Mankato is a lovely river town only an hour and a half from the center of the Twin Cities Metro. Fans of Maud Hart Lovelace’s “Betsy-Tacy” series will enjoy picking out landmarks in the city straight from the pages of the books. Those with younger kids will want to add a children’s museum and a city park petting farm onto their must-see list. And there’s plenty in the way of natural beauty to explore in Mankato, including a state park meandering along the placid Minnesota River.
Topping the list of my kids’ favorite things to do in Mankato is the Children’s Museum. They loved the ultimate indoor treehouse, a mock quarry complete with sandbox, crane and conveyor; a farm-to-market setup and a sweet picket-fenced-in play porch just for the youngest visitor. Outdoors you’ll find a natural element playground and a seasonal garden and farmyard. Open Tues-Sun, $9/pp.
I was raised on author Maud Hart Lovelace’s chronicles of best friends growing up in Deep Valley, an idyllic fictional town based on Mankato, Minnesota. I followed Betsy and Tacy through childhood, envied their impossibly fun high school years and saw them off to raise families and see the world. Then, when I started to raise a family of my own, I handed down my worn copies of the Deep Valley books and brought the kids to see the town that served as setting. You, too, can visit the restored homes and town landmarks the author and her besties made famous in Mankato. House tours are $5/adults, $2/ages 6-16. Saturdays only, 1-4pm, early April through mid-December.
In Mankato with kids in tow, you absolutely must make a stop at Sibley Farm Park. Goats, alpacas, calves, peacocks, horses, lambs, and chicks call the big red barn home. Get up close to the residents and take a few moments to sit by calming koi pond.
The farm theme extends to the playground equipment. The climbing towers are barn and silo-shaped. You can hop in the seat of a big green tractor or a wagon. In this portion of the park, the animals scattered about the grounds are the ride-on variety. On our visit, we packed a picnic dinner and managed to snag a little covered pavilion next to the playground.
Visit Mankato during the month of December and you’ll find the park and farm illuminated by a holiday light display. It’s a magical backdrop to a gallery of ice sculptures and an ice skating rink. Admission is free.
There always comes that time during a road trip that you desperately need to be out of the car NOW. Not that Mankato is a slog from our home in the Twin Cities (it’s actually only an hour and a half) but these children just couldn’t take another minute of being cooped up. Fortunately, first stop on our trip’s itinerary was Minneopa State Park. All they needed was some unstructured time at the base of a waterfall and they were transformed back into the happy kids I know and love. Pick up a map at the park office to find the trails.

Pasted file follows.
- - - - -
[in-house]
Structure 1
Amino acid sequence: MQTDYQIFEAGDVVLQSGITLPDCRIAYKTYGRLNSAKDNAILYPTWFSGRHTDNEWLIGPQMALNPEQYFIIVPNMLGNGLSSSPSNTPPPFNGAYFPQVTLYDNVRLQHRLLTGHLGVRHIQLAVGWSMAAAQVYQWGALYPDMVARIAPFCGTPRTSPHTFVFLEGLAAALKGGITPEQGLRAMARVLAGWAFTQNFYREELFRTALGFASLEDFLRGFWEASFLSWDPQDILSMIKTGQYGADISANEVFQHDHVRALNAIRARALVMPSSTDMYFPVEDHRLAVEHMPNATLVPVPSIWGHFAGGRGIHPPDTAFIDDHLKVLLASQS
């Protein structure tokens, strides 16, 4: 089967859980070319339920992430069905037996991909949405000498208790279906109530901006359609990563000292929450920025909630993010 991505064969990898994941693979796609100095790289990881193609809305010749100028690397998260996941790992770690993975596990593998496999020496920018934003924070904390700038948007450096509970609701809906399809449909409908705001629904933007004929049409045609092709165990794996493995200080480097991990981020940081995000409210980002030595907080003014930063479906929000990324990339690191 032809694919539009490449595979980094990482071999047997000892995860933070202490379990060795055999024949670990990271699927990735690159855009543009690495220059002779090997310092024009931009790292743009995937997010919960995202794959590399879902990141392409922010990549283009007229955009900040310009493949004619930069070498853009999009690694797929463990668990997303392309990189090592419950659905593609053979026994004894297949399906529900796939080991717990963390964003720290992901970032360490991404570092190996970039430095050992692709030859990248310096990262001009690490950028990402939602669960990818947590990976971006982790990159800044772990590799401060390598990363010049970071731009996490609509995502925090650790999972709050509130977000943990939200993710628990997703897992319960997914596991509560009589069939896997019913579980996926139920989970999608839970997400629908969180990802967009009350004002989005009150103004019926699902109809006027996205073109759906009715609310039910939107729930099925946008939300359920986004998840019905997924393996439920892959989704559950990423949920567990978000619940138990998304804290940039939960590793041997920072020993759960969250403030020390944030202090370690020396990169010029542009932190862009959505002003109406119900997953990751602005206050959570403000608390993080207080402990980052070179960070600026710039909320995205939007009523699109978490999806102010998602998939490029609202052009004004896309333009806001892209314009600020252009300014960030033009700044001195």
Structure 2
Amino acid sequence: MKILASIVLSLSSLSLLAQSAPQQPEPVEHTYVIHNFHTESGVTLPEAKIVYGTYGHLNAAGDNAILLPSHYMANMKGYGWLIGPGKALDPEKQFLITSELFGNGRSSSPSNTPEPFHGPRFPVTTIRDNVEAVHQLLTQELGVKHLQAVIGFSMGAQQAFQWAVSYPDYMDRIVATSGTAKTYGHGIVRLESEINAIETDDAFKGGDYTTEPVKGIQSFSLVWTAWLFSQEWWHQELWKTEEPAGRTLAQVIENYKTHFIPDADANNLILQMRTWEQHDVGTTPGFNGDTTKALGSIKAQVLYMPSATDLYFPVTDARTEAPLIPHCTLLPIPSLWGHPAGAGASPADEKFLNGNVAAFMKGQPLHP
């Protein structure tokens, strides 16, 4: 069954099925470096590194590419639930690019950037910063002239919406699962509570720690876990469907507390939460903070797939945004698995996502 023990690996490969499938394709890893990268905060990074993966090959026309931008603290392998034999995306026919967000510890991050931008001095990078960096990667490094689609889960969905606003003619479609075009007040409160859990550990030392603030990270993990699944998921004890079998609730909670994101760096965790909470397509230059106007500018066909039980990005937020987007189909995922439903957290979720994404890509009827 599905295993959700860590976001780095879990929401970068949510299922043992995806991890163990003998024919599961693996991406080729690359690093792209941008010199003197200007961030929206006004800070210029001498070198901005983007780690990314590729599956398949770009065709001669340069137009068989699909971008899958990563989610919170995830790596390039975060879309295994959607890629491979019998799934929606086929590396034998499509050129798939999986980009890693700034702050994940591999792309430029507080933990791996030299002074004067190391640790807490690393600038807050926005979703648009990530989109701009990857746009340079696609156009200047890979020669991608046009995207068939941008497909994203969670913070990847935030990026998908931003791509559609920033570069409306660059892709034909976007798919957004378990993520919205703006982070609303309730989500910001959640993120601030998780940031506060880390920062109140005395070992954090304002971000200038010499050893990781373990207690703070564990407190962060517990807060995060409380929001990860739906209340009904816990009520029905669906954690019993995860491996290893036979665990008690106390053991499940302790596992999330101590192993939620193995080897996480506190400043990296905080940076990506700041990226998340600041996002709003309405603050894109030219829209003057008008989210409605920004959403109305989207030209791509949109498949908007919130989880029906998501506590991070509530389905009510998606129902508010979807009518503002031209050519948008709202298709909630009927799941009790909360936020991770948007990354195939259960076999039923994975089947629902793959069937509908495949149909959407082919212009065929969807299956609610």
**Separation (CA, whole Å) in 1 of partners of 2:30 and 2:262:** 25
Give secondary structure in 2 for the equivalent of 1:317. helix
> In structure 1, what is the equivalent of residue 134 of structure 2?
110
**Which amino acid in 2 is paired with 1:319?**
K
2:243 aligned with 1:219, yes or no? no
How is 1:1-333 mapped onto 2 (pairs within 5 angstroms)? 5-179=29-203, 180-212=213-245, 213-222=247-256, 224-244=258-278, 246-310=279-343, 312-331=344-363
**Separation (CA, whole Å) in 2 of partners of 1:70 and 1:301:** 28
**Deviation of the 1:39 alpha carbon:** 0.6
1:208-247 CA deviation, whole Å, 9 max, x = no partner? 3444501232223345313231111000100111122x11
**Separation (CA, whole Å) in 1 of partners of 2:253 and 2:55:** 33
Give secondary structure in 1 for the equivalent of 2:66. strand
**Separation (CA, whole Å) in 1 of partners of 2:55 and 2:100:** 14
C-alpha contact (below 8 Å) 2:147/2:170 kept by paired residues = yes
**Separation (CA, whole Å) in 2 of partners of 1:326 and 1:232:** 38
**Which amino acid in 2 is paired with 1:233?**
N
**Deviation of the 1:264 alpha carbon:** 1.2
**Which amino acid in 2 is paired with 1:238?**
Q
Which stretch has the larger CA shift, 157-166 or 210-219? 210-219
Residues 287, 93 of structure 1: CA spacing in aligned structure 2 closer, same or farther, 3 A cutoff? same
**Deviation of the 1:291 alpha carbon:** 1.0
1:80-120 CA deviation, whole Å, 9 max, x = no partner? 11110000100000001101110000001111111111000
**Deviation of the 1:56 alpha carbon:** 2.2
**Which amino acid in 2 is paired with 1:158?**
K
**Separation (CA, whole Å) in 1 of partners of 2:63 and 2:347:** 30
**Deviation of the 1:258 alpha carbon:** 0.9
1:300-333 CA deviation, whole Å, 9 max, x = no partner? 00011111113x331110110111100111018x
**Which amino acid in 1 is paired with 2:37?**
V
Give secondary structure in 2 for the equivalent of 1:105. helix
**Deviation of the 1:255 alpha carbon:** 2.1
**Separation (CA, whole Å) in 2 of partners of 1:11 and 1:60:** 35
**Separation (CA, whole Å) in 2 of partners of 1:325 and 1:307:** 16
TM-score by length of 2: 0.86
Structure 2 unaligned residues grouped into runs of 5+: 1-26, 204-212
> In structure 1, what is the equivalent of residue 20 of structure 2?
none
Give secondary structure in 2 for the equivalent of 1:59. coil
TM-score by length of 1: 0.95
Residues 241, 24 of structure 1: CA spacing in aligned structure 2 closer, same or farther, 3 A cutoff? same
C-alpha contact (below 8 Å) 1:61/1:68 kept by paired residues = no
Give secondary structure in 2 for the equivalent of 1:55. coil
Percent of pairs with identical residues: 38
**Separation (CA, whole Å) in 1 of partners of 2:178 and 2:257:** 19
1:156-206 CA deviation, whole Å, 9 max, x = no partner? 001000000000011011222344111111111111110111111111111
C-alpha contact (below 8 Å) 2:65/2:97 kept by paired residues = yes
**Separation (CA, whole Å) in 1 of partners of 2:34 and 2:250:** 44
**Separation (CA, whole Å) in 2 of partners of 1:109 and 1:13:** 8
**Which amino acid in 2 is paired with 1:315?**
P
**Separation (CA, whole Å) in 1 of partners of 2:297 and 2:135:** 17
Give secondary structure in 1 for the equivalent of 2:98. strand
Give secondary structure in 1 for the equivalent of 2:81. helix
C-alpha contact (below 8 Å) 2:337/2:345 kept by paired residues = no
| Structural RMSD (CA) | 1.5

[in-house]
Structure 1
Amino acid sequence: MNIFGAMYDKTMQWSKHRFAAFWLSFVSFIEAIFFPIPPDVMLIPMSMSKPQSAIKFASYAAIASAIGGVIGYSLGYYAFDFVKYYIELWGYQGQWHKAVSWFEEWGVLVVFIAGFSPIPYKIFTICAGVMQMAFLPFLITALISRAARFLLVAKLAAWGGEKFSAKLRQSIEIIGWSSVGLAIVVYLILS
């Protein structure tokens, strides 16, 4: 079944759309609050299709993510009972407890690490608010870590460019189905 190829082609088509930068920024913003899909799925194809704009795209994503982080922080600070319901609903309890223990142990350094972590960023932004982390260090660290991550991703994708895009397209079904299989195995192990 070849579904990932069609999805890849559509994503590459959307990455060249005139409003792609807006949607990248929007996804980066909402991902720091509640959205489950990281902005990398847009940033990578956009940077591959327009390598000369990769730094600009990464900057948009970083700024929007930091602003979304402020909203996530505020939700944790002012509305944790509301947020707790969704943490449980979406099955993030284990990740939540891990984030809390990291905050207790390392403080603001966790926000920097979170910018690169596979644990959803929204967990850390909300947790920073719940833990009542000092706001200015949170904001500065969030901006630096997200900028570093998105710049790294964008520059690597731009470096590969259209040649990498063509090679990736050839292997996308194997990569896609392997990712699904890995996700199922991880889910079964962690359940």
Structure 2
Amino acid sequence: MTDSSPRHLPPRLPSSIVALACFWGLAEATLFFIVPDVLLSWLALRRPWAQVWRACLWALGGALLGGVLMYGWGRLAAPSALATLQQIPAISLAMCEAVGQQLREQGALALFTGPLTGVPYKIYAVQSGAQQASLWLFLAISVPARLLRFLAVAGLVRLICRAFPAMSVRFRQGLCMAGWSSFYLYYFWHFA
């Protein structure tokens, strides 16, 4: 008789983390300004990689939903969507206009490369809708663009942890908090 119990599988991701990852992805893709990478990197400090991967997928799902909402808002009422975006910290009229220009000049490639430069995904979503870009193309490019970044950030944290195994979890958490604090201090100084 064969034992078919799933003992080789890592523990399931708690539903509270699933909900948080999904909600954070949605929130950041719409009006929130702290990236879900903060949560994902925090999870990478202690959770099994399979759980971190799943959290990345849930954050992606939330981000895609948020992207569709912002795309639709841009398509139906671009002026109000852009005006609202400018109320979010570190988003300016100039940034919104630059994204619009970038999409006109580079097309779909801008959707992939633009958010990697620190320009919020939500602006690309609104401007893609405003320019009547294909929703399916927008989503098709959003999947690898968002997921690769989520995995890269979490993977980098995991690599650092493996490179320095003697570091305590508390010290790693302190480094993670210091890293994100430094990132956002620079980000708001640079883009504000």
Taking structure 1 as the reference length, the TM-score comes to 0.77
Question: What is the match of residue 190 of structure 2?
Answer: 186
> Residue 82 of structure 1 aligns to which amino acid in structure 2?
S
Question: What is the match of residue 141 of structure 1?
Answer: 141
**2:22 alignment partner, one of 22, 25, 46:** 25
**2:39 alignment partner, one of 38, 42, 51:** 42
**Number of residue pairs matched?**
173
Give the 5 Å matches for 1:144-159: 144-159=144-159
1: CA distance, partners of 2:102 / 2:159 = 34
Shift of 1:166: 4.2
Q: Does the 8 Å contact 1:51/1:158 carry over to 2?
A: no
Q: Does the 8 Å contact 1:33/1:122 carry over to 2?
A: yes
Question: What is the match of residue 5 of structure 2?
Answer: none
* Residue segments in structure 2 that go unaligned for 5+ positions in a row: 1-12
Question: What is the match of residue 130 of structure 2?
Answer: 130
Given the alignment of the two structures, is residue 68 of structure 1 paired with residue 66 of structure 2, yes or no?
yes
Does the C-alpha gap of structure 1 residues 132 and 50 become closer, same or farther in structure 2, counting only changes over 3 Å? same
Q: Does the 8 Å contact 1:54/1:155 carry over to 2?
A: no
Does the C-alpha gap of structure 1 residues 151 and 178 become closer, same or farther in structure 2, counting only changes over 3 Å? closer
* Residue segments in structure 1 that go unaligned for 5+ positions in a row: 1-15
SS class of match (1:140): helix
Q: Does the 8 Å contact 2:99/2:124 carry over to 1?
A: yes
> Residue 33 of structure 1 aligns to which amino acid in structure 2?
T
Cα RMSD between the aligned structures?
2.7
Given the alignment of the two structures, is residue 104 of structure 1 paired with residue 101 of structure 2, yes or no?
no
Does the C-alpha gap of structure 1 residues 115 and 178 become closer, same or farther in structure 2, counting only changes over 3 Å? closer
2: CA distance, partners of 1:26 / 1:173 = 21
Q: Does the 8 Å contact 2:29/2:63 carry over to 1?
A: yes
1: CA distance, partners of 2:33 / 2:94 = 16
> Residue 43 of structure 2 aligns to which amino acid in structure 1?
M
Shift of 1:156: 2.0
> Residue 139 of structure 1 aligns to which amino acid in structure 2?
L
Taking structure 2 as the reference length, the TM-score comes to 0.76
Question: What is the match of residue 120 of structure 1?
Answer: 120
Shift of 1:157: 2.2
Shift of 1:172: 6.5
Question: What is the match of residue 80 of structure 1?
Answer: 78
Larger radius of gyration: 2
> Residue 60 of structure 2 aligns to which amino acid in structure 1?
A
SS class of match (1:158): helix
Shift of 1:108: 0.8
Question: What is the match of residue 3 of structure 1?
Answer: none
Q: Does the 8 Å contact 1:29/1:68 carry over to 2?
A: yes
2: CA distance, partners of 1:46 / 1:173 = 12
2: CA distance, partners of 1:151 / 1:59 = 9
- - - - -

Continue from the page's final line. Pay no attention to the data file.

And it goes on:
If you can manage to coax them back into the car, across the highway in the other section of the park roams a herd of bison. See if you can spot them!
Daily cost to enter Minneopa State Park is $7/vehicle.
My kids have yet to show signs of inheriting their mom’s intrigue with historic homes. The Hubbard House sympathizes with families such as mine by offering kid-friendly programming into the mix of tours that focus on architecture and the life of a milling magnate. Sprinkled throughout the year are special such as a Victorian Lawn Party, interactive Christmas tours and other living history events that appeal to kids. Open weekends, May-Sept, $7/adults, $3/ages 5-17.
Brought the bikes along? Jump onto the paved Minnesota River Trail at one of Mankato’s parks (Sibley Park, Riverfront Park – both offer parking lots) and hug the namesake river along the western end of the city. Along the way, it offers views of the river, limestone cliffs and the city of Mankato.
Within the History Center is the Children’s Discovery Lab – including a pioneer cabin and barn kids can play in, a diorama of 1880s Mankato, and exhibits relating to Maud Hart Lovelace’s Betsy-Tacy children’s book series. Admission is $7/adults, $3/kids, under 5 FREE.
Sneak in another history lesson on a side trip to St Peter, a 15-minute drive north of Mankato. While learning about the 1851 Treaty of Traverse des Sioux and its impact on the local Dakota people, junior historians get hands-on with educational exhibits disguised as play. Wiggles can be worked out on the self-guided Traverse des Sioux interpretive trail. It quietly loops through a grassy space adjacent to the History Center where the historic treaty was negotiated. Open Tues-Sat, 10am-4pm. Admission is $4-$6/pp.
Also in St Peter, Jake’s is our pick for the best pizza joint between the Twin Cities and Mankato. Touring makes us a hungry bunch and nothing satisfies every last one of us like a hot, melty thin crust. Tradition calls for ordering up a frosty growler of 1919 root beer – brewed in nearby New Ulm, Minnesota.
Mankato’s annual family festivals
Visit Mankato during the summer months and hit up one of these family-friendly festivals.